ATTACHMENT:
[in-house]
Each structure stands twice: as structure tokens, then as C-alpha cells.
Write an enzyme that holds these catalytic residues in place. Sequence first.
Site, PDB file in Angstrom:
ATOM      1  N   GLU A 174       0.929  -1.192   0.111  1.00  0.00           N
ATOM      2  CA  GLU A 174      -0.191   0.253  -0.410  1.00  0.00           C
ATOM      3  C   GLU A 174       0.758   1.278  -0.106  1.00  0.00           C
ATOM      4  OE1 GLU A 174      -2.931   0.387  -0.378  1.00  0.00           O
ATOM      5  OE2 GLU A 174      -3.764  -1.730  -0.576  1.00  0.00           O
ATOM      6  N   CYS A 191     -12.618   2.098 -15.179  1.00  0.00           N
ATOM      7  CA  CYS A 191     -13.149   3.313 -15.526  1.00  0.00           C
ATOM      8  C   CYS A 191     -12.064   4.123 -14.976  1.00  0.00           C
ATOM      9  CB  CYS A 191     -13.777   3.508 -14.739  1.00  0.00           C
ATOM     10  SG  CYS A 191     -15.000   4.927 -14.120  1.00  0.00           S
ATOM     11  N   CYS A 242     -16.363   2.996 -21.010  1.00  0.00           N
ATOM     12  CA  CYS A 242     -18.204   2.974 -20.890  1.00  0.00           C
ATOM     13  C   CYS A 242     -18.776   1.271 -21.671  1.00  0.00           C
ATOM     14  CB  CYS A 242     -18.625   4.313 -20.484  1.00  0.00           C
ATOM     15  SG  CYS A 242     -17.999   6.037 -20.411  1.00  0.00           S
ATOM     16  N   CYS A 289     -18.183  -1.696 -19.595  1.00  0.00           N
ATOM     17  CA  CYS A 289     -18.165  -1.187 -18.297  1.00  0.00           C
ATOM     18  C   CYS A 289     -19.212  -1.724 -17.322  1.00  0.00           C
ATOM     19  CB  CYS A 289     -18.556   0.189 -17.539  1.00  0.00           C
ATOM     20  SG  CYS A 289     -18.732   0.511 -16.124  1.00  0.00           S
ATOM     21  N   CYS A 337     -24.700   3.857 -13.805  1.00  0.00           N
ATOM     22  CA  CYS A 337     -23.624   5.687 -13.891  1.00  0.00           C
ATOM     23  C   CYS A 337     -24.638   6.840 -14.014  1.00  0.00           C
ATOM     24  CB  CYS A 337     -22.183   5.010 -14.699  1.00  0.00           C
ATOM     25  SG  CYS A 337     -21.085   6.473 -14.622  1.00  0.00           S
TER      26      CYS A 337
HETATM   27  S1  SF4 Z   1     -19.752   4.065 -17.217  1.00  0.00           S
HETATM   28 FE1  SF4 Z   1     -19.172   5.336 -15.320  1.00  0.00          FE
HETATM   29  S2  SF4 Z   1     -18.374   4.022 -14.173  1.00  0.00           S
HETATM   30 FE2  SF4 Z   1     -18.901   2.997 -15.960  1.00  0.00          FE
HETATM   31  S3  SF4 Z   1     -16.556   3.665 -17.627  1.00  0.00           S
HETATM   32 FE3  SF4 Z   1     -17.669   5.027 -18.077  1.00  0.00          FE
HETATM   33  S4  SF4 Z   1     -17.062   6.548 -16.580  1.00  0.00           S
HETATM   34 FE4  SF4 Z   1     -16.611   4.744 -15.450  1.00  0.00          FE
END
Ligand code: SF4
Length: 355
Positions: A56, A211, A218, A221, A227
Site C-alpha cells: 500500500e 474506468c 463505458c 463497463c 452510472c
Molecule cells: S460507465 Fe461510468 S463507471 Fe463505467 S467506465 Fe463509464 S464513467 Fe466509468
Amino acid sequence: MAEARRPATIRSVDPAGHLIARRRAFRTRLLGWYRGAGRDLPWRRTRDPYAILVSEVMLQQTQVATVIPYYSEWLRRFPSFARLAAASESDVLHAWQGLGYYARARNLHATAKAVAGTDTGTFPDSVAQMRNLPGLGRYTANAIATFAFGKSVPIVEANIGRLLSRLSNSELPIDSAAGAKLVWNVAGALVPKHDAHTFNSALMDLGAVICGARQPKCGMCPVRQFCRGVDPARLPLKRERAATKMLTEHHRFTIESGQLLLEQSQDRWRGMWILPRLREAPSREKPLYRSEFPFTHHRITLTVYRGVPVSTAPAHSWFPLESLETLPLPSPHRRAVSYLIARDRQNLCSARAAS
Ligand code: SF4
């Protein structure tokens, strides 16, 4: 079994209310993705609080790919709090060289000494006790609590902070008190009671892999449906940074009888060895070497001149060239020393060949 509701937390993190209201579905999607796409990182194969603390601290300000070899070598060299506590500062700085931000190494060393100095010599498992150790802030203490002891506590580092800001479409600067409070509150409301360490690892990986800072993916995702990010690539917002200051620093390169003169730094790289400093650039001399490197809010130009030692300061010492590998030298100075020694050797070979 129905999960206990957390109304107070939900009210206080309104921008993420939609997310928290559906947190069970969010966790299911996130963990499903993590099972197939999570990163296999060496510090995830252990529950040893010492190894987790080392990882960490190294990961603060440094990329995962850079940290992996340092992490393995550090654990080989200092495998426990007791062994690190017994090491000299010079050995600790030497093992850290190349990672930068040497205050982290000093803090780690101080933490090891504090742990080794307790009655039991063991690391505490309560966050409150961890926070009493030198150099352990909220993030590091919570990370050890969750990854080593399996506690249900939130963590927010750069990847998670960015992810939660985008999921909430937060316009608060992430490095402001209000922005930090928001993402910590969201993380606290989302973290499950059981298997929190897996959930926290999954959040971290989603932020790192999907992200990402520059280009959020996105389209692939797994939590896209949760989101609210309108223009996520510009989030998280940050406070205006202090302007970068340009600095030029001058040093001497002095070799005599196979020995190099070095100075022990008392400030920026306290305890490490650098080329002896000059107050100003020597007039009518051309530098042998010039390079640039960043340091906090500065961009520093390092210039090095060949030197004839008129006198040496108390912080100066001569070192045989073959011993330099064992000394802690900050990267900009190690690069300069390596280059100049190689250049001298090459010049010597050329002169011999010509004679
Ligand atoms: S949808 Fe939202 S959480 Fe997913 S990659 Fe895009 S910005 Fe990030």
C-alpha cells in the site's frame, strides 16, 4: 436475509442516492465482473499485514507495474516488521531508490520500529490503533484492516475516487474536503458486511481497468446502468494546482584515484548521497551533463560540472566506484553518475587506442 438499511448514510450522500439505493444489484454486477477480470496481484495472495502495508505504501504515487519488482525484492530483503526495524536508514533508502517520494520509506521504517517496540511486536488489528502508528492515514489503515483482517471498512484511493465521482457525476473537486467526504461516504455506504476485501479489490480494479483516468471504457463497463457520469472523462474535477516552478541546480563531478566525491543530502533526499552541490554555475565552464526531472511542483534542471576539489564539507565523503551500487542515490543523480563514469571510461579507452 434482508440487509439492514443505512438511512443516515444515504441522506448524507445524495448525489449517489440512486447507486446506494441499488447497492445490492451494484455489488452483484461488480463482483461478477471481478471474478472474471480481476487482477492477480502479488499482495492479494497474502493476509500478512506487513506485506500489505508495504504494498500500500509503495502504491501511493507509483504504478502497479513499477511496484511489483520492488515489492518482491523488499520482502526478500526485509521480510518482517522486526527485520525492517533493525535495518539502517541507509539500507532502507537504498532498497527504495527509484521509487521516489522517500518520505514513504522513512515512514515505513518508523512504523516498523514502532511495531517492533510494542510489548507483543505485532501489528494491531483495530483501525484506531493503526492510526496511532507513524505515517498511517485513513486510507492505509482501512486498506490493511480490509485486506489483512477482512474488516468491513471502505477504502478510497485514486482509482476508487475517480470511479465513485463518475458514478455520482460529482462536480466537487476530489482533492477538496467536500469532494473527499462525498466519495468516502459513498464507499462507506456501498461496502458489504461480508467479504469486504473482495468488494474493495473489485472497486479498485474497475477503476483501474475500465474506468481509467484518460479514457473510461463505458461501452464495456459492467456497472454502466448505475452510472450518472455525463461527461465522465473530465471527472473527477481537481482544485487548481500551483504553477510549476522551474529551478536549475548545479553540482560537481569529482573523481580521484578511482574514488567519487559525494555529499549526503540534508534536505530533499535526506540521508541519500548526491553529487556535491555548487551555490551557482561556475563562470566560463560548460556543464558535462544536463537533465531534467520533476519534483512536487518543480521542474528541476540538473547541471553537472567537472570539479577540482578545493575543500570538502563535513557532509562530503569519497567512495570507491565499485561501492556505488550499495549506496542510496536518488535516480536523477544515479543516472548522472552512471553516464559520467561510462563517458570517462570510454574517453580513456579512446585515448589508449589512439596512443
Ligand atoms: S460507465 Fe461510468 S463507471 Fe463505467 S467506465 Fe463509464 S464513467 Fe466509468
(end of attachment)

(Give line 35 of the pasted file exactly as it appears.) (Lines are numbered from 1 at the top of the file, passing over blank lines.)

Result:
HETATM   31  S3  SF4 Z   1     -16.556   3.665 -17.627  1.00  0.00           S